A Wall-Mounted Robot Arm Equipped with a 4-DOF Yaw-Pitch-Yaw-Pitch Counterbalance Mechanism

Jae Kyung Min, Do Won Kim, Jae Bok Song

Research output: Contribution to journalArticlepeer-review

15 Citations (Scopus)


Because industrial robots are relatively heavy, most of motor torque are used to support the weight of a robot. Consequently, high-capacity motors and speed reducers are needed, resulting in a low energy efficiency and an increase in the manufacturing cost. To deal with this problem, a variety of spring-based counterbalance mechanisms (CBM) have been developed to mechanically compensate for the gravitational torque caused by the robot weight and payload. However, conventional CBMs are limited to pitch joints whose axis of rotation is horizontal to the ground and it is difficult to apply them to robot arms with different joint configurations, such as humanoid robot arms. In this study, we propose a CBM with a passive yaw-pitch structure consisting of a spring and wire. Through geometrical analysis and experiments, we demonstrate that the proposed CBM can effectively compensate for the gravitational torque due to robot weight and payload.

Original languageEnglish
Article number9006847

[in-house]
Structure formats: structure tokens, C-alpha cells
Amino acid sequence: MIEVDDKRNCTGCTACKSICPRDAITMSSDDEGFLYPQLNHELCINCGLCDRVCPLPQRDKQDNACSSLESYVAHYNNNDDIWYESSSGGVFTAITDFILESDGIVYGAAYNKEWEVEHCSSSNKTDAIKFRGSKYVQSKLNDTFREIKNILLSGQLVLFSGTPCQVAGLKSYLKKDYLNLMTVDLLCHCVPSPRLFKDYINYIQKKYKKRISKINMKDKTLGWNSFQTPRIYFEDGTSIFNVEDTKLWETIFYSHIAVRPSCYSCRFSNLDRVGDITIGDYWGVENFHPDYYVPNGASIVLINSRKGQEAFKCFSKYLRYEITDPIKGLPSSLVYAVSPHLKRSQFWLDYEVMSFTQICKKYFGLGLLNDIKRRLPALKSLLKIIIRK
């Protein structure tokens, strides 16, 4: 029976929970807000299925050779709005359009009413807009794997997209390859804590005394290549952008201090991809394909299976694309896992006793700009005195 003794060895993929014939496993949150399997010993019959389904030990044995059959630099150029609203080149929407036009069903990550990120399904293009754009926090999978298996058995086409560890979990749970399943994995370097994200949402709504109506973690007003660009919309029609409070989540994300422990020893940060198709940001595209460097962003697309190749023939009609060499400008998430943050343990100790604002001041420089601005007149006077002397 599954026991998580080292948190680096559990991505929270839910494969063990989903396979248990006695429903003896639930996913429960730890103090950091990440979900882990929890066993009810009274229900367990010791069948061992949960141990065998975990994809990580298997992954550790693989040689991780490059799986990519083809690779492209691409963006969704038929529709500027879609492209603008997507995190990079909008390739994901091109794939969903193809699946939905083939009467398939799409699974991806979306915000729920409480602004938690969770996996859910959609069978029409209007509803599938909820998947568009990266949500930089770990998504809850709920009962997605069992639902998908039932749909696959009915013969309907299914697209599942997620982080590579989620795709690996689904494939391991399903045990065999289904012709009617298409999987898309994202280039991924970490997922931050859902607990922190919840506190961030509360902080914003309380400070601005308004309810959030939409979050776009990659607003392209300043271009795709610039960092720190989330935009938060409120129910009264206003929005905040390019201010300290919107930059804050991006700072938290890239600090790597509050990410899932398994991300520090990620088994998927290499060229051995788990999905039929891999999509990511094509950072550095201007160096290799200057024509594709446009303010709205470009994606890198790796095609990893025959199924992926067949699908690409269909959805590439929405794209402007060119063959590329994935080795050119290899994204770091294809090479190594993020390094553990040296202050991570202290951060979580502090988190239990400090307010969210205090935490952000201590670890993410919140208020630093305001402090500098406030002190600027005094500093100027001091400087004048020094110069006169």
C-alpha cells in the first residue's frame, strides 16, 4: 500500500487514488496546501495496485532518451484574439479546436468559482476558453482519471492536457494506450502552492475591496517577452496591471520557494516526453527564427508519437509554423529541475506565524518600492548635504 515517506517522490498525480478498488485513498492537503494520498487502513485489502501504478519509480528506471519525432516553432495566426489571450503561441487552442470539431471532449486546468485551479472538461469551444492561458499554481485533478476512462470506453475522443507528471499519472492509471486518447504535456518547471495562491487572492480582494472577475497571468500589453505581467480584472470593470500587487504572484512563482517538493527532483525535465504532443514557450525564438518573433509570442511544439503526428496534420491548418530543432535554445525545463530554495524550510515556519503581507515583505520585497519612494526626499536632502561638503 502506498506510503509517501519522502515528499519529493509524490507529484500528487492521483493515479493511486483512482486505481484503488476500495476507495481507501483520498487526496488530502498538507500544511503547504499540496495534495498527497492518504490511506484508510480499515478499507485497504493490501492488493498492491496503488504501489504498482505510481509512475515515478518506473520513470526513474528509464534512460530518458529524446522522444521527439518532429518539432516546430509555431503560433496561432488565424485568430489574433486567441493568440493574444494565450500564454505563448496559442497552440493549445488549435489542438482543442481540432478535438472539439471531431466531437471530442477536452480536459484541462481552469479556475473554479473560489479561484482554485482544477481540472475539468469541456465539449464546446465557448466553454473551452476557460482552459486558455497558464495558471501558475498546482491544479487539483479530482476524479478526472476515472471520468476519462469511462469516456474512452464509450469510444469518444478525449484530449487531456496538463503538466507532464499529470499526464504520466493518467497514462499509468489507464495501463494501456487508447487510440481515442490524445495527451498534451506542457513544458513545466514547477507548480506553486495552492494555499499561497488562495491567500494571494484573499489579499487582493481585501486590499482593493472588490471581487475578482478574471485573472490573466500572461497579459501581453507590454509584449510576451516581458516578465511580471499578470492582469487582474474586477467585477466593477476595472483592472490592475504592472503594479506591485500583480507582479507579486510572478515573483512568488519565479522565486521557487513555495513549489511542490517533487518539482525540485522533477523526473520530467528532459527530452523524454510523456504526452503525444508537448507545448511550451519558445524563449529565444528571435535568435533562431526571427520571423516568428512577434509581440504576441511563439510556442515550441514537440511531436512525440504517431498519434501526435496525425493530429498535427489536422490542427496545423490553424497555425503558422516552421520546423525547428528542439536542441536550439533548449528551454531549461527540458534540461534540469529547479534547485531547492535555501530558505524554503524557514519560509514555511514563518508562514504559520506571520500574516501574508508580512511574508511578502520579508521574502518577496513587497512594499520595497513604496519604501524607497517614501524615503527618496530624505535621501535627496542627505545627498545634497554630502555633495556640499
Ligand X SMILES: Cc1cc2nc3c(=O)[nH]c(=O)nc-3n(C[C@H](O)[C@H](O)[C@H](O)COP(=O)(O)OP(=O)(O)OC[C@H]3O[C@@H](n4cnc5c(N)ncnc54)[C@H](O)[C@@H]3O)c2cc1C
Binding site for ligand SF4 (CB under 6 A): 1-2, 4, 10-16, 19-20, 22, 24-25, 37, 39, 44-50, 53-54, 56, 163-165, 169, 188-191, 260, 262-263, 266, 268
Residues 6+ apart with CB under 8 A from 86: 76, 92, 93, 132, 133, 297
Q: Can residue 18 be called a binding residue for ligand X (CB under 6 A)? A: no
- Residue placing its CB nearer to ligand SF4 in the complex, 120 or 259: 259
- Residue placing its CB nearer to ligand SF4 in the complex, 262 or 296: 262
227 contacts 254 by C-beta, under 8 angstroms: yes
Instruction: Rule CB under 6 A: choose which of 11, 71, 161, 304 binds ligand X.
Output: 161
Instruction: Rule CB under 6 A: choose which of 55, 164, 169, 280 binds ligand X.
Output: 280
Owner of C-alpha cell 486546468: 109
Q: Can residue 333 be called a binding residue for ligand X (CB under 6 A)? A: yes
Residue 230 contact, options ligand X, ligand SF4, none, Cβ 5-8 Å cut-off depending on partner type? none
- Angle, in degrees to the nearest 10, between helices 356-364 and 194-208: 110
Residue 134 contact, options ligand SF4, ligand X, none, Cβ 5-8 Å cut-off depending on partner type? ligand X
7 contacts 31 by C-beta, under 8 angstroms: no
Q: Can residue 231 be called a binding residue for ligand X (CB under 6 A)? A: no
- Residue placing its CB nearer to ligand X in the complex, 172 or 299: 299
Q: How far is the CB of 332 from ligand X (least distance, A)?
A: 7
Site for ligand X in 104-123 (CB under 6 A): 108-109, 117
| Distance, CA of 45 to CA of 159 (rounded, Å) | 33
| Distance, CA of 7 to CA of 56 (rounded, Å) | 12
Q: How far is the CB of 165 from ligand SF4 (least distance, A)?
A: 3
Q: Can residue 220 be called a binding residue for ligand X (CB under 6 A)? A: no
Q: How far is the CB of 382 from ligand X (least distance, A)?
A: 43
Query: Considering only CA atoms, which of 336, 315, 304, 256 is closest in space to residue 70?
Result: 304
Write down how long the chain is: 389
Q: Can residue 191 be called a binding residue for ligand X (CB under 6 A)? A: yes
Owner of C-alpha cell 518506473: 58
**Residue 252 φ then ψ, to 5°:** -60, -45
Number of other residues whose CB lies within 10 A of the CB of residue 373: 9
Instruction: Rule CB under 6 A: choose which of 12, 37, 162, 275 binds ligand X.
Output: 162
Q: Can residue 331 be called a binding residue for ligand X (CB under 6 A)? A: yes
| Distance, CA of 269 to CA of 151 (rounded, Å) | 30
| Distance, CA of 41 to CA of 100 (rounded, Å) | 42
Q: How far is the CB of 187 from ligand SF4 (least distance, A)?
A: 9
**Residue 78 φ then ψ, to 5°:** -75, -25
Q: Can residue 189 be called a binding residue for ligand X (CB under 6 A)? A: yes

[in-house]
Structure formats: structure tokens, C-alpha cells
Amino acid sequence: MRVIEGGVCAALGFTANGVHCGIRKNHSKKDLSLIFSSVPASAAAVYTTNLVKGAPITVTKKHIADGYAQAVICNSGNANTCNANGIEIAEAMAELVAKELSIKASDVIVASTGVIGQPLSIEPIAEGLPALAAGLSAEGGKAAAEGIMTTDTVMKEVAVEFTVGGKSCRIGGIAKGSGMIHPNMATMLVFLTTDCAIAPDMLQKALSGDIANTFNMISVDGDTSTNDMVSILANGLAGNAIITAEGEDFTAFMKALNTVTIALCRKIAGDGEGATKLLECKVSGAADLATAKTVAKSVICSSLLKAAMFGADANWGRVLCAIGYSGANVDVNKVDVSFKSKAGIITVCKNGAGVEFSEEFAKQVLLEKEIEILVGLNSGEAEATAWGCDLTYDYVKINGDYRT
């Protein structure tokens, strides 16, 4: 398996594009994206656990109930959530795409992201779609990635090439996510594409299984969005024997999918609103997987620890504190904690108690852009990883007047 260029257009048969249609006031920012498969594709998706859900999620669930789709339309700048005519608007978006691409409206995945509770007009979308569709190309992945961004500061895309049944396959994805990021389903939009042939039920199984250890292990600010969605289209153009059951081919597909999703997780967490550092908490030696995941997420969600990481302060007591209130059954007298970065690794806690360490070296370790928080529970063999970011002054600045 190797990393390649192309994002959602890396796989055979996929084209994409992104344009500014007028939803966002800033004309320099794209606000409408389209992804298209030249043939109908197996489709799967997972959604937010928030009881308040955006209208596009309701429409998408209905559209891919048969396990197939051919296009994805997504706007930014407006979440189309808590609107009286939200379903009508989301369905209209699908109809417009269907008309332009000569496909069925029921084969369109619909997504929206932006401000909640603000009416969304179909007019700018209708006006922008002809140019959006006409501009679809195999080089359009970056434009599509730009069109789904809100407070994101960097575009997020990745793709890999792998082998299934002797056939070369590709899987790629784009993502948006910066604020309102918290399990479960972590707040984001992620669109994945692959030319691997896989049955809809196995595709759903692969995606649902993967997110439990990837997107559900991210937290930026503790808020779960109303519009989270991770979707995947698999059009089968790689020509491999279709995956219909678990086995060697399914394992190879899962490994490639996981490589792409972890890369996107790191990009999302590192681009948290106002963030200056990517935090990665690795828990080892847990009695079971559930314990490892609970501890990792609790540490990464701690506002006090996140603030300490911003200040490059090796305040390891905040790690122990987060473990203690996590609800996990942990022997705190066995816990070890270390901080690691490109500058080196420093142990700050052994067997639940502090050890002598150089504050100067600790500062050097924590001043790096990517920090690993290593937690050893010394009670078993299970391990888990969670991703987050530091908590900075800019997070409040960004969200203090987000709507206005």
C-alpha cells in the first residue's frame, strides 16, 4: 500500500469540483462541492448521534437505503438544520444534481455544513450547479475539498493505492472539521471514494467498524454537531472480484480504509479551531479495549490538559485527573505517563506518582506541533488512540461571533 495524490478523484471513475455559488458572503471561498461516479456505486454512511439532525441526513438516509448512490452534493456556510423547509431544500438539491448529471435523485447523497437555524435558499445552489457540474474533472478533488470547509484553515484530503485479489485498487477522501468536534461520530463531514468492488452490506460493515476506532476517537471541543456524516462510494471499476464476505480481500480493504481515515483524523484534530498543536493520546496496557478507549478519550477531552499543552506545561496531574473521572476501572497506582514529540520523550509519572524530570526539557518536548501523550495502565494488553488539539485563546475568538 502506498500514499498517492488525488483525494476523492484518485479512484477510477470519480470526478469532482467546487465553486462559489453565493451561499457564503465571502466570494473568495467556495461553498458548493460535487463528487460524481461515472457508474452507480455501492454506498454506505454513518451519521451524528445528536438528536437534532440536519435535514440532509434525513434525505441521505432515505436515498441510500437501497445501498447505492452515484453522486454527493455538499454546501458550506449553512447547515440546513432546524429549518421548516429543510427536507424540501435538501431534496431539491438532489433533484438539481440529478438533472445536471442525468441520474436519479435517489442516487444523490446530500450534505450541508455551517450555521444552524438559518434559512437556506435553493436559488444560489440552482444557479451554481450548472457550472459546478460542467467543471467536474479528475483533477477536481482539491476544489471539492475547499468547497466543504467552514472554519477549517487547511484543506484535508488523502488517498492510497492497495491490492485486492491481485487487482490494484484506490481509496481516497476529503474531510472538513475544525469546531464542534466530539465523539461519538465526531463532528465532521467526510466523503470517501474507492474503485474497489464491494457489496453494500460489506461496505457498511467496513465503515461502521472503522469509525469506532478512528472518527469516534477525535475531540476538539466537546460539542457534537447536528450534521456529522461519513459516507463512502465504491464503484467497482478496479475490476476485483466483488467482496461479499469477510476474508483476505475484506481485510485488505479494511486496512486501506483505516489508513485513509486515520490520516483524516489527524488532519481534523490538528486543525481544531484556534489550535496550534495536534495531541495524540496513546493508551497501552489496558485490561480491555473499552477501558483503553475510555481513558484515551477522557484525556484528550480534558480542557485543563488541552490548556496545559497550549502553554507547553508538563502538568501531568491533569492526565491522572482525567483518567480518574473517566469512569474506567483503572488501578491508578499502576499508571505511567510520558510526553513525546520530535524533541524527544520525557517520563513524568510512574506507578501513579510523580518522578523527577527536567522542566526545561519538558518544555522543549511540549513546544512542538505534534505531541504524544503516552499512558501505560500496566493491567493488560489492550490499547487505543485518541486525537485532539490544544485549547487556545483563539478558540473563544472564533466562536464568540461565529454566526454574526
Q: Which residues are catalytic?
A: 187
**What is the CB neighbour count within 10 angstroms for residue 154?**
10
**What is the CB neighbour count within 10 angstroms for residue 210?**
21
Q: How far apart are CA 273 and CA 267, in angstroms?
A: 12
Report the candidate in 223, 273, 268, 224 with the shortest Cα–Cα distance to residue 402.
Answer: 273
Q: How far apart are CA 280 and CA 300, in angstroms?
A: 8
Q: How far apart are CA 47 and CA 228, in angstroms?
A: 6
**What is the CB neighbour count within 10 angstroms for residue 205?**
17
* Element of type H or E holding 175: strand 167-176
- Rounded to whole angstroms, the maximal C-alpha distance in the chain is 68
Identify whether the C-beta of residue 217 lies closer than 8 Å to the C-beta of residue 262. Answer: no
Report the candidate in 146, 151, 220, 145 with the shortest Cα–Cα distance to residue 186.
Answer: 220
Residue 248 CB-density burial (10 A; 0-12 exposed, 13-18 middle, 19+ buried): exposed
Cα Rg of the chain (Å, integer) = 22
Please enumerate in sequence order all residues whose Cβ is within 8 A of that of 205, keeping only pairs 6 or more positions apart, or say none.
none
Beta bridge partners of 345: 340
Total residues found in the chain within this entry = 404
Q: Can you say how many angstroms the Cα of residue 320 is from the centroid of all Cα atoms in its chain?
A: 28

Pages (from-to)3773-3779
Number of pages7
JournalIEEE Robotics and Automation Letters
Issue number3
Publication statusPublished - 2020 Jul

Bibliographical note

Funding Information:
Manuscript received September 10, 2019; accepted January 19, 2020. Date of publication February 21, 2020; date of current version April 6, 2020. This letter was recommended for publication by Associate Editor S. Briot and Editor P. Rocco upon evaluation of the reviewers’ comments. This work was supported by MOTIE under the Industrial Foundation Technology Development Program supervised by KEIT (20005032). (Corresponding author: Jae-Bok Song.) The authors are with the School of Mechanical Eng., Korea University, Seoul 02841, Korea (e-mail: mjk90123@korea.ac.kr; ehdnjs119@korea.ac.kr; jbsong@korea.ac.kr). Digital Object Identifier 10.1109/LRA.2020.2975731

Publisher Copyright:
© 2016 IEEE.


  • Manipulators
  • Springs

ASJC Scopus subject areas

  • Control and Systems Engineering
  • Biomedical Engineering
  • Human-Computer Interaction
  • Mechanical Engineering
  • Computer Vision and Pattern Recognition
  • Computer Science Applications
  • Control and Optimization
  • Artificial Intelligence


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